Citing Germany BND intelligence sources, American-German researcher, historian and strategic risk consultant F. William Engdahl notes that Saudi Arabia is about to become a serious destabilizing force in the Middle East, adding that it is likely that Riyadh's current cautious foreign policy could soon be replaced by an interventionist approach.
The researcher underscores that he has to reconsider his previous stance regarding the possible Russo-Saudi alliance: Russia's involvement in Syria is now viewed as a serious obstacle to the Saudi royal family's plans.
"Prince Salman is Defense Minister and led the Kingdom, beginning last March, into a mad war, code-named by Salman as 'Operation Decisive Storm,' in neighboring Yemen. Saudis headed a coalition of Arab states that includes Egypt, Morocco, Jordan, Sudan, the United Arab Emirates, Kuwait, Qatar and Bahrain. The Prince is also head of the Saudi Economic Council which he created. The new King, Salman, is not the benign sweet guy his PR staff try to paint him," Engdahl notes in his recent piece for New Eastern Outlook.
"The CIA planned to use the Saudi Muslim Brothers to wield a weapon across the entire Muslim world against feared Soviet incursions. A fanatical young terrorist named Osama Bin Laden was later to arise out of this marriage in Hell between the Brotherhood and Wahhabi Saudi Islam," Engdahl emphasizes.
According to the researcher, King Salman had certain ties with al-Qaeda. His involvement originates from the late 1970s when he was a Governor of Riyadh. It was he who headed major Saudi charities which were later discovered financing al-Qaeda in Afghanistan and Bosnia.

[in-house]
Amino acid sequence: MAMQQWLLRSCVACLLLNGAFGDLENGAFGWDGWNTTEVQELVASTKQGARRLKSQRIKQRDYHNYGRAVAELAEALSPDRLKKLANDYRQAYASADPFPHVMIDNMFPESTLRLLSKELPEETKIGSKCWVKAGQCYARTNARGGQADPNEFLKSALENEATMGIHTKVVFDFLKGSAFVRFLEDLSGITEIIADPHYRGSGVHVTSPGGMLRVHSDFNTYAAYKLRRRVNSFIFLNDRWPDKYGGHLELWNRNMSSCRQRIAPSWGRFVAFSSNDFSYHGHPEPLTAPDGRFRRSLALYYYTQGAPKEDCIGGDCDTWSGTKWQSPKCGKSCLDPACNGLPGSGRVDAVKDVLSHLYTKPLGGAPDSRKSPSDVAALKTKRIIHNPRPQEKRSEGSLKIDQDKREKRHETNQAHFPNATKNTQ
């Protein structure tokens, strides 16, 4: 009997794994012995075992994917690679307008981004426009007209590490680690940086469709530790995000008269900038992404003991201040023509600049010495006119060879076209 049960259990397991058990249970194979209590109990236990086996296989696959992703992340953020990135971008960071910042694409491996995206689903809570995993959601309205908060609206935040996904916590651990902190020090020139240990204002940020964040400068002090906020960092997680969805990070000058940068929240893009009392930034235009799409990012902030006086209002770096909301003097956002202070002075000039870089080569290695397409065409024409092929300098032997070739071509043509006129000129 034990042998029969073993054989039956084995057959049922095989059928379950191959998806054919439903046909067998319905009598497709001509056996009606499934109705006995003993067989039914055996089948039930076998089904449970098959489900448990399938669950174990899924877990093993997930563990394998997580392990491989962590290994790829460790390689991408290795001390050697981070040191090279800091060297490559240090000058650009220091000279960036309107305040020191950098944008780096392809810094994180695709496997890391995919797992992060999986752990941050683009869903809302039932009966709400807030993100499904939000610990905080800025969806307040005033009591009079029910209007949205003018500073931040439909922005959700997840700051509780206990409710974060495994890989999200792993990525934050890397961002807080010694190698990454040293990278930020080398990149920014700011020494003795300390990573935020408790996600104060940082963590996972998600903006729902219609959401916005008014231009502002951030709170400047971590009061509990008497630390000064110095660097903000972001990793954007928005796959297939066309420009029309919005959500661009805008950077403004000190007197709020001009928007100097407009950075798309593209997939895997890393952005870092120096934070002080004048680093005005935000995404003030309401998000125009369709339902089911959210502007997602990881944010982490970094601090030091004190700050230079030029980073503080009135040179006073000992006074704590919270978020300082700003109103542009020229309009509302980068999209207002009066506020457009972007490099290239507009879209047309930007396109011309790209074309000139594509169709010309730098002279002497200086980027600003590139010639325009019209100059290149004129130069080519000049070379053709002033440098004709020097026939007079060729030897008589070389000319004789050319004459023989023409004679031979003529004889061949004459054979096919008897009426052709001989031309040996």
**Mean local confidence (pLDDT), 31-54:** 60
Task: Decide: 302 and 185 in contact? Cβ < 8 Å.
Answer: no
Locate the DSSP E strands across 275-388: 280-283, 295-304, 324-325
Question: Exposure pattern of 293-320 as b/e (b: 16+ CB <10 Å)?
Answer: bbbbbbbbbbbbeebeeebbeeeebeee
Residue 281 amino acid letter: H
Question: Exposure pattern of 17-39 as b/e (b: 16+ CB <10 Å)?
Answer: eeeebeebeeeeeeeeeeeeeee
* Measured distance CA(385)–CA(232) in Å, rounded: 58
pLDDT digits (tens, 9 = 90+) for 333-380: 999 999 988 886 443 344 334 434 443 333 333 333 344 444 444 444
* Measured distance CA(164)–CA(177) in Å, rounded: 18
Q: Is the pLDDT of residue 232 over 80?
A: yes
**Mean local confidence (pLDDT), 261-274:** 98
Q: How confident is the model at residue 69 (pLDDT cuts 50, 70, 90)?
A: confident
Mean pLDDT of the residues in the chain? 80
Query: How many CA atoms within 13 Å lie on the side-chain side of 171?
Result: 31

"Salman worked intimately as the financial funding conduit for what became al-Qaeda together with Bin Laden's Saudi intelligence 'handler,' then-head of Saudi Intelligence, Prince Turki Al-Faisal and the Saudi-financed Muslim World League," Engdahl continues.
Engdahl stresses that a declassified US Defense Intelligence Agency's (DIA) document indicated in 2012 that since the very beginning the major driving forces of US-backed Syrian insurgency were the Salafists, the Muslim Brotherhood and AQI.
"If we look at the emergence of al-Qaeda in Iraq and its transformation into the Islamic State in Iraq and Syria/ISIS [Daesh], it all traces back to the Saudi operations going back to the late 1970's involving now-King Salman, Saudi Osama bin Laden, together with Saudi intelligence head, Prince Turki Al-Faisal," Engdahl points out.
"What we have, then, is not an isolated Russian war against ISIS [Daesh] in Syria. What lies behind ISIS is not just Erdogan's criminal regime, but far more significant, the Kingdom of Saudi Arabia and her Wahhabi allies Kuwait, UAE, Qatar," Engdahl suggests.
Interestingly enough, independent researcher and writer Timothy Alexander Guzman noted in his November article that there is an influential "triangle" of Turkey, Saudi Arabia and Qatar in the Middle East. Guzman insisted that Turkey is the main coordinator of this clandestine alliance.
Remarkably, while the Turkish Armed Forces (TSK) comprises about 640,000 military, civilian and paramilitary personnel, Saudi Arabia boasts just a 175,000-strong army, and Qatar has a very modest military force of around 11,800 servicemen. Furthermore, the TSK is the second largest standing military force in NATO.
Whoever the "mastermind" of the Turkish-Saudi-Qatari alliance is, it would have been unable to conduct its covert activity in the Middle East, including funding of terrorists or oil smuggling from Syria and Iraq without some tacit agreement with major Western powers. Remarkably, Washington and its European NATO allies are still turning a blind eye to illicit activities of their partners and allies in the Middle East.